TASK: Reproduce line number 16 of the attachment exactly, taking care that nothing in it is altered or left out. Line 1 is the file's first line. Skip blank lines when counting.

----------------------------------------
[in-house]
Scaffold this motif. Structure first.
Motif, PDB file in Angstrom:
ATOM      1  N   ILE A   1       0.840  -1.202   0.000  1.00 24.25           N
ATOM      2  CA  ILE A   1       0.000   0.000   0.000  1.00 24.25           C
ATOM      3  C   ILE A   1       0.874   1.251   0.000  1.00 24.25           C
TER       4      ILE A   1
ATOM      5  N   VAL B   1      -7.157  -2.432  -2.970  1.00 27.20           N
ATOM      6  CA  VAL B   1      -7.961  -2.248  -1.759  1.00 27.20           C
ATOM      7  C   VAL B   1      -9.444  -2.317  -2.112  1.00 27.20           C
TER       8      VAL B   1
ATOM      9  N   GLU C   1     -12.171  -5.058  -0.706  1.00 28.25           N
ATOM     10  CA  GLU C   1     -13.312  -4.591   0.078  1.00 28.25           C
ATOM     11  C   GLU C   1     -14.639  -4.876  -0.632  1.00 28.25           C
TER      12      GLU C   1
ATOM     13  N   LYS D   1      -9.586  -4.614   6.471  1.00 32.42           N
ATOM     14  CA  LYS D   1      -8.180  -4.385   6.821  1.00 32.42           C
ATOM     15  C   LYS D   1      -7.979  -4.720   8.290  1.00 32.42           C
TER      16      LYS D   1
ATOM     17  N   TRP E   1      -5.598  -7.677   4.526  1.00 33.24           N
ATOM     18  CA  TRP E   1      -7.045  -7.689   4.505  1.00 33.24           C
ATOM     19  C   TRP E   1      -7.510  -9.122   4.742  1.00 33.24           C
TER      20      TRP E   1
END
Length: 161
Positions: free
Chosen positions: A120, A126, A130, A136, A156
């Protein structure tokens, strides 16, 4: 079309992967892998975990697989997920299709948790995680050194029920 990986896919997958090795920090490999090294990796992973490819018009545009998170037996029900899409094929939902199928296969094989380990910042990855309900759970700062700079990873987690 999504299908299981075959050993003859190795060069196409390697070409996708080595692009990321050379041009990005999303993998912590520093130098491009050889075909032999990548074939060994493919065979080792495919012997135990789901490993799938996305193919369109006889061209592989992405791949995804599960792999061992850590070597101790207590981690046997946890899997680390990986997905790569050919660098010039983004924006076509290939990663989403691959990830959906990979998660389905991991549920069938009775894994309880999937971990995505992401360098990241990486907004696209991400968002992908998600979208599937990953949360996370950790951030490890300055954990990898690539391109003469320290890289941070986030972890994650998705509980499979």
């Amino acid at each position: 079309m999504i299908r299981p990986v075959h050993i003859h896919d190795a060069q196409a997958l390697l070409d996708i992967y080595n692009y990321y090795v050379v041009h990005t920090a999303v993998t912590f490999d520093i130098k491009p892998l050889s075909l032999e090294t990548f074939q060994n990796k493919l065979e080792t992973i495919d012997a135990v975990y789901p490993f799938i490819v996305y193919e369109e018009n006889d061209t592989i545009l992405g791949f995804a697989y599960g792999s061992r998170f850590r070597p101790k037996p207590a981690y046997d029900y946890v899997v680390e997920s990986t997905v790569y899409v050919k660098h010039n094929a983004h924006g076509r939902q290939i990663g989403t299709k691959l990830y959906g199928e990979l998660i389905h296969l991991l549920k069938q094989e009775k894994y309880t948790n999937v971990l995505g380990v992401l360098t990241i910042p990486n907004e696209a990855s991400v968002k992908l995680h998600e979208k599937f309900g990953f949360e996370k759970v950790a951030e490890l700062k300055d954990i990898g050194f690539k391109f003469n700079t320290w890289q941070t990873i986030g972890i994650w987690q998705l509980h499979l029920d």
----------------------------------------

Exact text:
ATOM     13  N   LYS D   1      -9.586  -4.614   6.471  1.00 32.42           N